Originally Posted by P-J
Well apparently you are not aware of the way clothes dryers and electric ranges were set up pre 2002 code changes. Or for that matter how a power feed is delivered to a barn and then setup for 240-120V power.
In trying to be a peacemaker, I'm wondering if both of your are right if viewed from different angles.
I don't know the NEC code, but I was trying to understand how the idea of creating a 4-wire circuit from a Spa Panel that's connected to a 3-wire Dryer outlet would be grounded. Somewhere in the Electrical Primer I read how appliances such as dryers and ranges got away with a 3-wire plug because the appliance is the ONLY thing on the circuit.
In the case of the 4 wire spa panel being "derived" from the 3 wire dryer receptacle, I'm wondering if the "purpose" of this is more to provide "protection" in lieu of a "true" ground.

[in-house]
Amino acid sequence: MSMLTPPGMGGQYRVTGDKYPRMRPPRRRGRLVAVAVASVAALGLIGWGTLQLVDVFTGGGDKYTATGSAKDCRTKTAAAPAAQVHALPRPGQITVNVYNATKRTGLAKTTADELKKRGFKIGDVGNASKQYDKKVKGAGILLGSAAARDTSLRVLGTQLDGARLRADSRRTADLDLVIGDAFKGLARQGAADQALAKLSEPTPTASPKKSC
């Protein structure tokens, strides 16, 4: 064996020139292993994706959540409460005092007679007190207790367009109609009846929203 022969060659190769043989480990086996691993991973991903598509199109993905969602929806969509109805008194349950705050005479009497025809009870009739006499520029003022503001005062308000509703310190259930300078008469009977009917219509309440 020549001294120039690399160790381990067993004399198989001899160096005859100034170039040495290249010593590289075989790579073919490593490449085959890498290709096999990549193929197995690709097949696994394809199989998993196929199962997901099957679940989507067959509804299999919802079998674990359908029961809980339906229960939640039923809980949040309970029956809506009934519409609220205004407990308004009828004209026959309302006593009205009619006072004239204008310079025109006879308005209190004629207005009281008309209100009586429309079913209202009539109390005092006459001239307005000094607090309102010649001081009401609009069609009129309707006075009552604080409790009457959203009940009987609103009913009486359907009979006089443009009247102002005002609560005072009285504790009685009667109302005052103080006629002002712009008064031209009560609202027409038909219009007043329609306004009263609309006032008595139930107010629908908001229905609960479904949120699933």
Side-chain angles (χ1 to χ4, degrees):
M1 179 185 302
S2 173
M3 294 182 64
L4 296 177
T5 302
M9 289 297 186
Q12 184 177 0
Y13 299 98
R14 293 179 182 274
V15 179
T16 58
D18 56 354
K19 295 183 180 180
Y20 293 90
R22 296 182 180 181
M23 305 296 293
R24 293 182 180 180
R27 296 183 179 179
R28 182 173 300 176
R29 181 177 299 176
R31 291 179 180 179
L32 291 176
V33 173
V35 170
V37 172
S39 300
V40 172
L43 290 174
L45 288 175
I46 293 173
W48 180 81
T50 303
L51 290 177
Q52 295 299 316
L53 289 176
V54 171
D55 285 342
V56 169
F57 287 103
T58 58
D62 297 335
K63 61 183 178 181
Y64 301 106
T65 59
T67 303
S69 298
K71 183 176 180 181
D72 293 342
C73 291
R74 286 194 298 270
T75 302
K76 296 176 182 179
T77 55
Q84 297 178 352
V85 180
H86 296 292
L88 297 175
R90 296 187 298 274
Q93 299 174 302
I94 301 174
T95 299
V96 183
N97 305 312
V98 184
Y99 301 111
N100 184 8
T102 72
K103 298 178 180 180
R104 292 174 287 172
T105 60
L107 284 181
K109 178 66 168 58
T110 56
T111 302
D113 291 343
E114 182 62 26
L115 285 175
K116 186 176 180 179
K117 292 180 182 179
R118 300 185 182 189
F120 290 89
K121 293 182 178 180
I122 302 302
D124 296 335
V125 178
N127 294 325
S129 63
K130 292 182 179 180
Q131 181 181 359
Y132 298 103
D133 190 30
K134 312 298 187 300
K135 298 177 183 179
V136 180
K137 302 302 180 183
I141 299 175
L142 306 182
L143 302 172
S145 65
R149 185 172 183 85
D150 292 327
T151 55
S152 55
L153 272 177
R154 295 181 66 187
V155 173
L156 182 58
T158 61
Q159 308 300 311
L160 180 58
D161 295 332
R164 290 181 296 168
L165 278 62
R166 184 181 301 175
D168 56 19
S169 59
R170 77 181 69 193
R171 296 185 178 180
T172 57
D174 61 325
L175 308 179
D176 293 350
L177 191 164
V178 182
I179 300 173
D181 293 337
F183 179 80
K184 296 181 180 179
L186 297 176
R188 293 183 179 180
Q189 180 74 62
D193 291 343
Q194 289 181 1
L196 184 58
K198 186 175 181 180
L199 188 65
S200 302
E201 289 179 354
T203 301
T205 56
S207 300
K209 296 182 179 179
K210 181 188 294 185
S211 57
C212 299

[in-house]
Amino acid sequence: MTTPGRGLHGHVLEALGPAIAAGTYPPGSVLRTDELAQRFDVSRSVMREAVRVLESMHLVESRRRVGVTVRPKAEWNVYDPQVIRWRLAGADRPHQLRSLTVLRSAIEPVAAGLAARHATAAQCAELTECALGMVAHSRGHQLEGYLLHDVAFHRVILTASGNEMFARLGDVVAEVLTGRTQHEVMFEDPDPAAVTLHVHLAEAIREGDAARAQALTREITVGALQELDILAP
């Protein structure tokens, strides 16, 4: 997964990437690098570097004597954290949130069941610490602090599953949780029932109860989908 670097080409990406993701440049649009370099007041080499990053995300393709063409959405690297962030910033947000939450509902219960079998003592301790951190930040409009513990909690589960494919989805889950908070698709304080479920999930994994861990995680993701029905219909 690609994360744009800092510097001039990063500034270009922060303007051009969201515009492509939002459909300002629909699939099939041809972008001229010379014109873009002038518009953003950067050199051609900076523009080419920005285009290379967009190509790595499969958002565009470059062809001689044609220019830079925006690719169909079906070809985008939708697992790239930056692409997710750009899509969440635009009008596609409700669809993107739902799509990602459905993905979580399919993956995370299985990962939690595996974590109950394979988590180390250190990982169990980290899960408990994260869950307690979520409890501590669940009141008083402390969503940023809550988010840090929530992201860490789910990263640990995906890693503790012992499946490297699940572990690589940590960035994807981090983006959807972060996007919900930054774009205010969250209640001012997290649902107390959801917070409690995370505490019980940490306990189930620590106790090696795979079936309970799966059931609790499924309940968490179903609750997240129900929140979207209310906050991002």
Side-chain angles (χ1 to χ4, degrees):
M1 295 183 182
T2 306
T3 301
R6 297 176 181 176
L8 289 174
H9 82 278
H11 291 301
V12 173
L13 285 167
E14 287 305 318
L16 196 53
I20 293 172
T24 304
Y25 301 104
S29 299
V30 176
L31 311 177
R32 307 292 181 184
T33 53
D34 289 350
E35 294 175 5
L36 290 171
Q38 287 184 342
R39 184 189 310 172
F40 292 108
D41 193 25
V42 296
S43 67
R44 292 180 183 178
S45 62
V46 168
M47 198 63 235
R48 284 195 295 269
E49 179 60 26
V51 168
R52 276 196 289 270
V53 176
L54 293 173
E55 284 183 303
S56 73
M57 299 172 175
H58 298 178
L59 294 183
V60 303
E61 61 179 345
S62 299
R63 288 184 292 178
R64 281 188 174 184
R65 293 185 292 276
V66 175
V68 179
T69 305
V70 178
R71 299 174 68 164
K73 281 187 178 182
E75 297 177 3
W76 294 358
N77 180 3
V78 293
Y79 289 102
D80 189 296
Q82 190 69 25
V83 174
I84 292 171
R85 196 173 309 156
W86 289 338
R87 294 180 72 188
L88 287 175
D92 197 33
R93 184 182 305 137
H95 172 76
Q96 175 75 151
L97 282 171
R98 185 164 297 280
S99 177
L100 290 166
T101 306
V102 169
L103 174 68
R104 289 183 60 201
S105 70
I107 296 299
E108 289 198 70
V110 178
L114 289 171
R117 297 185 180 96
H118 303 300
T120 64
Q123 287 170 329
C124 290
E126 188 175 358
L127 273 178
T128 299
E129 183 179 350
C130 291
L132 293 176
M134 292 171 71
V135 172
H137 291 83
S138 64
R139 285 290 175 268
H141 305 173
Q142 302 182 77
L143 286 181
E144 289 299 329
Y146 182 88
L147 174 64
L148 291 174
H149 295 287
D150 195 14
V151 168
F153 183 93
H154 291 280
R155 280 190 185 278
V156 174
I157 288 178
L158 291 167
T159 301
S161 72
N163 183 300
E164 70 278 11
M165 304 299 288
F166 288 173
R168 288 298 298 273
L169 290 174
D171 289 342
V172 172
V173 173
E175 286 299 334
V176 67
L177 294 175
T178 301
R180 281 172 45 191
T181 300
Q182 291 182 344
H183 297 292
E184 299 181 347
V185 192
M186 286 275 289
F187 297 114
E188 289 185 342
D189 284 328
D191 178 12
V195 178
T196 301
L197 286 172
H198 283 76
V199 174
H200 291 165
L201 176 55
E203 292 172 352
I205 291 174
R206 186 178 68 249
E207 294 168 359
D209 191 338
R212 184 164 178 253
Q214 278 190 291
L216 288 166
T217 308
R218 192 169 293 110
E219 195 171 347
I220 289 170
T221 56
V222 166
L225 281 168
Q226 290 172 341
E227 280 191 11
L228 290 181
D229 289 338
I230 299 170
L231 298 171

In the case of this single appliance, the brew rig, that, like a dryer or range, contains both 220V and 110V circuits . . . if something happens that causes current to flow into the green wire in the rig, the GFCI inside the spa panel will detect this within the required amount of time and, as a result, trip the circuit. Even though the green wire between the e-control panel and spa panel isn't a "true" ground, it performs enough of the "function" of a ground wire to trip the circuit should current find its way to ground.
I still may be confused, but in my non-electrician understanding, it appears that grandequeso might be correct in the "strict" sense in that a ground that terminates onto the neutral away from the main panel is not truly a ground according to the Code, yet P.J. is correct in the "functional" sense in that this pseudo-ground wire will serve the purpose of giving the GFCI within the spa panel something to monitor such that if something abnormal happens to shunt current into the ground wire, it will sense it, trip, and thereby protect the brewer.
BTW, another question just hit me: if the spa panel is connected into the 3-wire dryer circuit and mounted outside the house AND you run a wire from the grounding lug inside the spa panel to a piece of pipe stuck into the ground, would you be "truly" grounded?